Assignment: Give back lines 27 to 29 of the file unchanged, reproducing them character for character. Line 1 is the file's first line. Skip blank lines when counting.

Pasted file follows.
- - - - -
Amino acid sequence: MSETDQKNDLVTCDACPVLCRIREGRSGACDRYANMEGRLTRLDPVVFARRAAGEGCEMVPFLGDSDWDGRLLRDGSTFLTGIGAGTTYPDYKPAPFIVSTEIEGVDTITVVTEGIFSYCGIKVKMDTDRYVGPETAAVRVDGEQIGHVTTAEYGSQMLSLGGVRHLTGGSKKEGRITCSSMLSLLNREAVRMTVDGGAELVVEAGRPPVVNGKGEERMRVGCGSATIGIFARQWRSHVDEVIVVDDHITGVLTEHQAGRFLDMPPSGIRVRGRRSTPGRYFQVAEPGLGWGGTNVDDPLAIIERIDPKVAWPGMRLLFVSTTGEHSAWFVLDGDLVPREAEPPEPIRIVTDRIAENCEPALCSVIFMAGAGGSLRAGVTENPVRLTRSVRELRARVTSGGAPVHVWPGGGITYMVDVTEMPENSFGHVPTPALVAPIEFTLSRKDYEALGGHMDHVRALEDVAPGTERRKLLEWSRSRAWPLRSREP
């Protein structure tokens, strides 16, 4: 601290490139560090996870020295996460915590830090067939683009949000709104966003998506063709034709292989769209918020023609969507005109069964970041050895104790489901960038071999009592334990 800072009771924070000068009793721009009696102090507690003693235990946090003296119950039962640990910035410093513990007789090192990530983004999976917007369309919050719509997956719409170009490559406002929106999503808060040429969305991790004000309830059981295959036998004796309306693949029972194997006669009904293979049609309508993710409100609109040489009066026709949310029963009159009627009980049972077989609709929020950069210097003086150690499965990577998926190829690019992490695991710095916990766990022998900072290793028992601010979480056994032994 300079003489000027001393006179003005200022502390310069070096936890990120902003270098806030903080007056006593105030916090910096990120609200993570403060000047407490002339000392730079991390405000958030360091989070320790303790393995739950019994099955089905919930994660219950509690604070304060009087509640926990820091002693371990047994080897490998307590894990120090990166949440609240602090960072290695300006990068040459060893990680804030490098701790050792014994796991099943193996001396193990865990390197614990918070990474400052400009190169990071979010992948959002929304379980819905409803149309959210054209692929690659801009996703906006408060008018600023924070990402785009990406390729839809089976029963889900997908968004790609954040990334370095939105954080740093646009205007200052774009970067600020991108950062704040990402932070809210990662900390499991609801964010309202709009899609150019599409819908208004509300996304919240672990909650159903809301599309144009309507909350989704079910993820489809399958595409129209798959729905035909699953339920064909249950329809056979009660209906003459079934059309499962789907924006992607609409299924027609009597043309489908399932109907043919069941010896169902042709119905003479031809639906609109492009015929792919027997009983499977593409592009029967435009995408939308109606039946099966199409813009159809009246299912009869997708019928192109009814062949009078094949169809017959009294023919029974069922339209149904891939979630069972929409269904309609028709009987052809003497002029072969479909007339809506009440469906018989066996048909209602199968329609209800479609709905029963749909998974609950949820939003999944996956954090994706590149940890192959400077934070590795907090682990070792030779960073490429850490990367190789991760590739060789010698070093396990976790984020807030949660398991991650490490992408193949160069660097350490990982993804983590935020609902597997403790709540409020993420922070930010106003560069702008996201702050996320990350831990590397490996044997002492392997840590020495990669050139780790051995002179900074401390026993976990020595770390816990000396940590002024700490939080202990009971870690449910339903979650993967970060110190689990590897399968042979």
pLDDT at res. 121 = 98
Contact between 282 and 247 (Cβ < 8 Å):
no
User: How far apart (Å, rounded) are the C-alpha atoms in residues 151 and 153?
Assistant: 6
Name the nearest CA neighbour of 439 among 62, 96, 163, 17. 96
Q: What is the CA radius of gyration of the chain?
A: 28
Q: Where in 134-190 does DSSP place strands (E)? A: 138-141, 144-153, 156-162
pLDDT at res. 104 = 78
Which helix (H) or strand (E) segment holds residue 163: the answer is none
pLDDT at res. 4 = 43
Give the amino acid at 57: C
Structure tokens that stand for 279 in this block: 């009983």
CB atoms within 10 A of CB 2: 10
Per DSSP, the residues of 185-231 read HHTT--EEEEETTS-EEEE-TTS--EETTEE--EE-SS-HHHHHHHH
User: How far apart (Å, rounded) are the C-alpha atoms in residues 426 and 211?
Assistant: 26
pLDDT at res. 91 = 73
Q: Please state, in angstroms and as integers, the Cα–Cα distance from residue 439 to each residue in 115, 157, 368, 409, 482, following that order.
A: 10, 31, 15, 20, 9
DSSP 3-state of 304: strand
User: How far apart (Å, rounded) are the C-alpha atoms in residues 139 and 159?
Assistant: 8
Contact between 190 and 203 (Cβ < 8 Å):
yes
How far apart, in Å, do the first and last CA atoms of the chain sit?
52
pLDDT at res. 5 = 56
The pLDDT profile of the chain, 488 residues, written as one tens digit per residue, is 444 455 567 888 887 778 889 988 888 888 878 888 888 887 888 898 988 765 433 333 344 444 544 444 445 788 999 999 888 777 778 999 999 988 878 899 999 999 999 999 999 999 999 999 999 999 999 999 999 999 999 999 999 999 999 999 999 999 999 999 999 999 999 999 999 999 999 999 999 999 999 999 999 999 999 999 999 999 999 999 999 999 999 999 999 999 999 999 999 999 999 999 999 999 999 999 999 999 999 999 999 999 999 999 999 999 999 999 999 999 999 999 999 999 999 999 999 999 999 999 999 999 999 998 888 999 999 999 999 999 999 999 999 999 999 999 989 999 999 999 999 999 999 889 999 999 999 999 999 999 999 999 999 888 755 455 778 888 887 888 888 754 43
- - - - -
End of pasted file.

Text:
Contact between 190 and 203 (Cβ < 8 Å):
yes
How far apart, in Å, do the first and last CA atoms of the chain sit?